Previously at the ICA - Events
24 May 2017
Quotation, repetition, cinematic time (and beyond): thinking through some images of motherhood.
In the lecture, Professor Laura Mulvey discusses the privileged relation of film to the representation of time. Not only can it shift between the different temporalities of still and moving images but also, by integrating pre-existing footage into a newly configured text, film can layer time, creating a juxtaposition of a past and a (then ever-receding) present. But now, aided by new technologies, film images are, as never before, migrating from text to text. As always with quotation, the film image cites its origins while simultaneously relating to its new setting, confusing time through repetition and reference.
In order to think through some aspects of these issues, Mulvey uses examples of films that revolve around stories of motherhood and its related iconographies. Each of the films have, in some way or another, reconfigured images that already have a cinematic past or have found an unexpected afterlife, detached from their original settings. The questions raised by form (cinematic temporalities) have no immediate relevance to the questions raised by content (images of motherhood); on the other hand, perhaps they might…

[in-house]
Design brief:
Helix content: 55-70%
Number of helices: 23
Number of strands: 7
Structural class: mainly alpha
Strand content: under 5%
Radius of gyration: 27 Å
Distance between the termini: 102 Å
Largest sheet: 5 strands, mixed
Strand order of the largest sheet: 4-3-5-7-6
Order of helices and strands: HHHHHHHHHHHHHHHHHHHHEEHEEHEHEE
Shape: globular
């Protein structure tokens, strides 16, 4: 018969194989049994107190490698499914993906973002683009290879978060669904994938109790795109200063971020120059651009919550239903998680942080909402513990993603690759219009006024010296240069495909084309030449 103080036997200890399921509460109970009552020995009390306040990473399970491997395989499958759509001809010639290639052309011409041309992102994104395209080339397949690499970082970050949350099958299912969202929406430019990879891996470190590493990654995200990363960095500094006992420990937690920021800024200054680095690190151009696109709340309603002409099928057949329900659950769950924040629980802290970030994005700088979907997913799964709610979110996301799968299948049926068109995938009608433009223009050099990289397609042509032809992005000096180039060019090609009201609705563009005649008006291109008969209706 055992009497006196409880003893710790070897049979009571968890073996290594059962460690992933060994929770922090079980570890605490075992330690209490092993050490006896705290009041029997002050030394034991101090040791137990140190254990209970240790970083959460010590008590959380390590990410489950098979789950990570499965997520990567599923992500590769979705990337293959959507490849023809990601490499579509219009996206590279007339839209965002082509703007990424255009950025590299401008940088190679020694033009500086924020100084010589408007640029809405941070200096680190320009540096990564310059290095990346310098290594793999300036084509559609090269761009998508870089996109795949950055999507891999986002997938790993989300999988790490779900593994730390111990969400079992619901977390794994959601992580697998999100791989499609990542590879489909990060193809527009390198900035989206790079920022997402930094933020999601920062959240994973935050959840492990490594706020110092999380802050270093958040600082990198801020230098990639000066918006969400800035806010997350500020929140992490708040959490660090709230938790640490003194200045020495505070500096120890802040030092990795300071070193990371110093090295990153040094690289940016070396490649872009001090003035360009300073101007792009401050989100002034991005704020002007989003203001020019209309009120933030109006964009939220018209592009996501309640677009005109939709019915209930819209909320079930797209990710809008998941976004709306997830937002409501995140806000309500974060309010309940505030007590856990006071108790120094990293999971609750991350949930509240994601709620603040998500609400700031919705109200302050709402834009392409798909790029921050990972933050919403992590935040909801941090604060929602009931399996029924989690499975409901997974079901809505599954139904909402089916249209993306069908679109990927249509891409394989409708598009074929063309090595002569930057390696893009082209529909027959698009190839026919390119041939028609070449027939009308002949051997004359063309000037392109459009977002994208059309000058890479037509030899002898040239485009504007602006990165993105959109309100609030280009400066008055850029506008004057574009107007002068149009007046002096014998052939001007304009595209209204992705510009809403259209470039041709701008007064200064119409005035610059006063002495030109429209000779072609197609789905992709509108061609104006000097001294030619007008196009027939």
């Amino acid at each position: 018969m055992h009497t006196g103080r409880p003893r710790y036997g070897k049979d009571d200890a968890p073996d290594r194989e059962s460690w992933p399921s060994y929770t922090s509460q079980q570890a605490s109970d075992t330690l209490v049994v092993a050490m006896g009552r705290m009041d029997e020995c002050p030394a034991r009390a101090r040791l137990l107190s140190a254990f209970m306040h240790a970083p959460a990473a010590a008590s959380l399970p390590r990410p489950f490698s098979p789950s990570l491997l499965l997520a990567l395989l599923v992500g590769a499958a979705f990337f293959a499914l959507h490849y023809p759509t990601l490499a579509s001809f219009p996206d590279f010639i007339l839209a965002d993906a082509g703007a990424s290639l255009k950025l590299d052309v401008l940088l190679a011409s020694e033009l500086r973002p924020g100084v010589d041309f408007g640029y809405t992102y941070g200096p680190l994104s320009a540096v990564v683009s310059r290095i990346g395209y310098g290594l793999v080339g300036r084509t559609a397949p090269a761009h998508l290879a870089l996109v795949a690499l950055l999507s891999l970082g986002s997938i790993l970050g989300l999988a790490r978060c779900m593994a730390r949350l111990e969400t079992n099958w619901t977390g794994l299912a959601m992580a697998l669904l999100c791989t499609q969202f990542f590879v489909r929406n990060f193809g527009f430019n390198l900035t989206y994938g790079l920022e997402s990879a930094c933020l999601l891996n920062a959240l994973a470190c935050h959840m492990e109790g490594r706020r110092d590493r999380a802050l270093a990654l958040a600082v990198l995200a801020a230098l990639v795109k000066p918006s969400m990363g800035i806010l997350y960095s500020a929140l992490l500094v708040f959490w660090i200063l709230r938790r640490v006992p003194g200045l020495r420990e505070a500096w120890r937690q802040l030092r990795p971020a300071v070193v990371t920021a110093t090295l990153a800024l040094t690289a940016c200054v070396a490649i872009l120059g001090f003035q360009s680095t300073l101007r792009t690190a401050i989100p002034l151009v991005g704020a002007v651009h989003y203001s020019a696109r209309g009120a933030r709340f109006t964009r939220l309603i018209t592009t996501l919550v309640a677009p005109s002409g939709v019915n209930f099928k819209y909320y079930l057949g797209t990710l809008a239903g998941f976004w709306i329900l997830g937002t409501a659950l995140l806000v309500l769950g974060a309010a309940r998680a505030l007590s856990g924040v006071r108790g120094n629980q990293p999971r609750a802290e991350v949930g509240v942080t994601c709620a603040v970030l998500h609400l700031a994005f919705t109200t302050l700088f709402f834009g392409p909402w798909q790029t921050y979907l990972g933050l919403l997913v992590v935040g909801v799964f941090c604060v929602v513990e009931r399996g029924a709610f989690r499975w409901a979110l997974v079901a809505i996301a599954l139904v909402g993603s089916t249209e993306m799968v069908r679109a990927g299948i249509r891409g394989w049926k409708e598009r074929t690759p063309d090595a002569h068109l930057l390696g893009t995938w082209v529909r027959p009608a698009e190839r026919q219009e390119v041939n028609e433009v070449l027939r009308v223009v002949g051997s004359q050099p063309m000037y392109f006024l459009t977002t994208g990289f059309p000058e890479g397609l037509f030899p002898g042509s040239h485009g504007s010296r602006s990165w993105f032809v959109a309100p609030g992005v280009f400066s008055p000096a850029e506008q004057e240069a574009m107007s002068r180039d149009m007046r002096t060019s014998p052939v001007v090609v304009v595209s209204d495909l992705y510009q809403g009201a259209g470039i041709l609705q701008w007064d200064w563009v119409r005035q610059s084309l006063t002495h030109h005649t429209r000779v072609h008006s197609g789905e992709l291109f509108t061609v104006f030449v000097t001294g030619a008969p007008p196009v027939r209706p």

Laura Mulvey is Professor of Film and Media Studies at Birkbeck College, University of London. She is the author of: Visual and Other Pleasures (Macmillan 1989; second edition 2009), Fetishism and Curiosity (British Film Institute 1996; second edition 2013), Citizen Kane (BFI Classics series 1992; second edition 2012) and Death Twenty- four Times a Second: Stillness and the Moving Image (Reaktion Books 2006). She made six films in collaboration with Peter Wollen including Riddles of the Sphinx (British Film Institute 1977; DVD publication 2013) and Frida Kahlo and Tina Modotti (Arts Council 1980). With artist/filmmaker Mark Lewis, she has made Disgraced Monuments (Channel 4 1994) and 23 August 2008 (2013).
Since 2014, the ICA has collaborated with The Contemporary Art Research Centre at Kingston University, London to host the Stanley Picker Public Lectures on Art. The programme was established in 2007 by the artist Elizabeth Price to provide a platform for prominent contemporary artists and thinkers to present their ideas and work to a public audience.
The Stanley Picker Public Lectures are kindly supported by the Stanley Picker Trust.